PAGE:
Like many online companies, Twitter uses a hashing protocol to ensure that user passwords are masked when they hit servers, protecting them from potential prying eyes. Unfortunately, a bug has been disrupting this process for “several months” and has resulted in Twitter advising that all 336 million users should change their passwords immediately.
Twitter CTO Parag Agrawal explained that the fault in its bcrypt hashing function resulted in user passwords to be exposed in plaintext, “written to an internal log before completing the hashing process.”
“We found this error ourselves, removed the passwords, and are implementing plans to prevent this bug from happening again,” explained Agrawal, while noting that there are no signs of foul play. “We have fixed the bug, and our investigation shows no indication of breach or misuse by anyone.”
The exact number of affected users hasn’t been revealed, and the advice extending to all 336 million users seems more precautionary than an indication of all users being affected. Kaspersky Lab has commended the platform for taking responsibility by communicating this clearly with account holders, while offering its own advice on improving password security.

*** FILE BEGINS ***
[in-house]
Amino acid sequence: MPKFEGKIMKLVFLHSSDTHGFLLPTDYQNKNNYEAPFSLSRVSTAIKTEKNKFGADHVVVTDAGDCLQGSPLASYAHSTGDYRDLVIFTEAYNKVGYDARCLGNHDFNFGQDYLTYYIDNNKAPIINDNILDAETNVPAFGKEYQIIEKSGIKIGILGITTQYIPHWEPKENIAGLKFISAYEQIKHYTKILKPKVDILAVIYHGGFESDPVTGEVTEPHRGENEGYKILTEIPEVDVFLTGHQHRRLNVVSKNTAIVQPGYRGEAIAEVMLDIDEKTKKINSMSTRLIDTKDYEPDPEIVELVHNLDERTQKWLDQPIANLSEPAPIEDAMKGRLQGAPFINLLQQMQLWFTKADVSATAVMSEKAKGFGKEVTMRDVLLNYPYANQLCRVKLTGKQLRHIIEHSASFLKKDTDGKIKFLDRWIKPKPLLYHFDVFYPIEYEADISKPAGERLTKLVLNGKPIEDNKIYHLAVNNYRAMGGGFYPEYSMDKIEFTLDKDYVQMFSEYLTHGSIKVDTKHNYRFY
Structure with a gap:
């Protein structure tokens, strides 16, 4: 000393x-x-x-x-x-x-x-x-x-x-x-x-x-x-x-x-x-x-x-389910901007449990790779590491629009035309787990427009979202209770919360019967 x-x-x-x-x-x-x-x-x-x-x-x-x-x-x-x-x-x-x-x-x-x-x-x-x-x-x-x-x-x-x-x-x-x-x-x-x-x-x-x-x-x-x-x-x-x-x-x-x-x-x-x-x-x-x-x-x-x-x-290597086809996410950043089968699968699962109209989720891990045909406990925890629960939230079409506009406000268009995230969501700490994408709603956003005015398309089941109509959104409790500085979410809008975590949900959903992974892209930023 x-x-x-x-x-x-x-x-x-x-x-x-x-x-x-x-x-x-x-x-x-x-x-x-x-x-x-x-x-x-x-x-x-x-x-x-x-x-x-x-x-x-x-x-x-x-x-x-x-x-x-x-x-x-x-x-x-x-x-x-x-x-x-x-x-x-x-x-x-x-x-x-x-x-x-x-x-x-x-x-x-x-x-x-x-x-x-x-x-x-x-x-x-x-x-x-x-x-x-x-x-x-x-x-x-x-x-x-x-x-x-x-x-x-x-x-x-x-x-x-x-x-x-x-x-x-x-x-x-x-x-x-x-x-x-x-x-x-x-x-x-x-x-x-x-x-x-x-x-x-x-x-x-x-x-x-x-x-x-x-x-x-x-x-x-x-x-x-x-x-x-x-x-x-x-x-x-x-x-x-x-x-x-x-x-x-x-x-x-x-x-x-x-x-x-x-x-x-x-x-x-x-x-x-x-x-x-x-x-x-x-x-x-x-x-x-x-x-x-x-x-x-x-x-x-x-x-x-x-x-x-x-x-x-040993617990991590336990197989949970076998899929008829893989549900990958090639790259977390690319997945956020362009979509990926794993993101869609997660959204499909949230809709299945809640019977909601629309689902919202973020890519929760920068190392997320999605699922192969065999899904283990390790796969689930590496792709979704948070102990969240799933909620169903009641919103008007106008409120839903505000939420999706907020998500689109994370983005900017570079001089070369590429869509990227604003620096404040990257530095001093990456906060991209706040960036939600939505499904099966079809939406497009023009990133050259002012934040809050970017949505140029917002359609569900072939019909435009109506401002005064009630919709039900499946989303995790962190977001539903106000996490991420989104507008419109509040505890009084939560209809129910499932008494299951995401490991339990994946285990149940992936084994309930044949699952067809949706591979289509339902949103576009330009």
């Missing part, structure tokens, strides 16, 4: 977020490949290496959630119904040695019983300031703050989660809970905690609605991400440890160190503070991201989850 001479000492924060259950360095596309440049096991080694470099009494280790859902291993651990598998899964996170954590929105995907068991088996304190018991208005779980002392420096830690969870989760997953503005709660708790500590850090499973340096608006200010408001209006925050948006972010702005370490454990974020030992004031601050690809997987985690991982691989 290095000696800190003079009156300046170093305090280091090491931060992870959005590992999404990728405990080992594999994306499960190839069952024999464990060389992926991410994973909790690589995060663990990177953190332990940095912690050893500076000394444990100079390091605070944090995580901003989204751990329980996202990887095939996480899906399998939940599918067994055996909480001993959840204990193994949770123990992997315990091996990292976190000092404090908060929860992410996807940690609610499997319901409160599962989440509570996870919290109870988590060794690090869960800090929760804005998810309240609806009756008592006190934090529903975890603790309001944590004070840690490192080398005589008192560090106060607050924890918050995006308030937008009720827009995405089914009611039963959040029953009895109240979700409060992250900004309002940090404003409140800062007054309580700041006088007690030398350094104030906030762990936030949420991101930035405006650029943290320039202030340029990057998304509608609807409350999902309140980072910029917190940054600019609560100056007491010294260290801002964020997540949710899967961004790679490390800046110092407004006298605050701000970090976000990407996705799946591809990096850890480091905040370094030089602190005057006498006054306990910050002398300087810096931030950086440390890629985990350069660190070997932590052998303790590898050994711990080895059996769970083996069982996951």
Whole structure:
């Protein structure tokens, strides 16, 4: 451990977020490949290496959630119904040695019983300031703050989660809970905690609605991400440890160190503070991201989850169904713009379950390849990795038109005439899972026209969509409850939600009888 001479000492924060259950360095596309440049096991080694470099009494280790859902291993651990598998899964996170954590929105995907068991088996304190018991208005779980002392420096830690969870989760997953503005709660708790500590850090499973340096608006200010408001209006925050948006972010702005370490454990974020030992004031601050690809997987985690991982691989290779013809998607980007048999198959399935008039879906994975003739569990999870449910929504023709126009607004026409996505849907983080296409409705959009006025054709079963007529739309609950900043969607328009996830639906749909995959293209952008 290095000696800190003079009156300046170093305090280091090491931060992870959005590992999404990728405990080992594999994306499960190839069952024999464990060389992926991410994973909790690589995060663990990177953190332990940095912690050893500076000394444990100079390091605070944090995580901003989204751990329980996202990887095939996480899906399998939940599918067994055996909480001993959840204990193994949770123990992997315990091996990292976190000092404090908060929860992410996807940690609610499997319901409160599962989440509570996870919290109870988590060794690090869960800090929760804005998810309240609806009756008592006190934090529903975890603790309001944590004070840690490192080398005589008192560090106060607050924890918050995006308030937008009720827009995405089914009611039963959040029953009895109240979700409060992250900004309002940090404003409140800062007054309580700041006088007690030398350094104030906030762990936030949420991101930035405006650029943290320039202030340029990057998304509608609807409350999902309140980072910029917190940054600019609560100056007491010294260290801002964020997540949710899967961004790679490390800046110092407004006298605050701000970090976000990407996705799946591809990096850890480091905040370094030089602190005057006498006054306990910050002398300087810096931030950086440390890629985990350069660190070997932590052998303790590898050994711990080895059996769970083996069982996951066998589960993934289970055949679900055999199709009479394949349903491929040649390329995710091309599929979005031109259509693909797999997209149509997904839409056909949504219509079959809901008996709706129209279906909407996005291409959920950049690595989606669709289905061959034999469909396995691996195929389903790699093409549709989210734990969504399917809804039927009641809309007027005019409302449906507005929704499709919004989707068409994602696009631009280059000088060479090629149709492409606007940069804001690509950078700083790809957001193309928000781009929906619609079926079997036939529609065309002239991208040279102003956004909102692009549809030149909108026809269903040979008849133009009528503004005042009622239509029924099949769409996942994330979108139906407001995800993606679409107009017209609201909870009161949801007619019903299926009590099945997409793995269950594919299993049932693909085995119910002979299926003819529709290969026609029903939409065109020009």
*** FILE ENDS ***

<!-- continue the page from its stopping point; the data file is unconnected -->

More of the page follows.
“This story does however, highlight the importance of using unique passwords for all online accounts, as well as two-factor authentication for added security, where it’s available,” explains Principal Security Researcher at Kaspersky Lab David Emm in an email to KitGuru.
Every password should be at least 15 characters long, however the longer the password, the more secure it will be, explains Kaspersky Lab. This should avoid all personal details such as the user’s birthday, partner’s name, family details and anything else that can be guessed or identified through online profiles.
Going as far as to avoid real words will benefit the user tremendously, especially with the inclusion of different cased letters, numbers and symbols. This should differ per account, avoiding catastrophe across multiple platforms if one is breached.
Users can make use of third-party password management systems such as LastPass or 1Password, which helps users easily achieve all of this with one master password. Most of all, however, users should always be making use of two-factor authentication, to which Twitter’s Agrawal notes “is the single best action you can take to increase your account security.”
KitGuru Says: It’s entirely possible that Twitter’s open and honest attitude stems from being closely watched thanks to the Facebook debacle, but it’s a refreshing take on the ‘swept-under-the-rug’ attitude nonetheless. Make sure to change your passwords when you can and diversify them as much as possible. When was the last time you changed your password?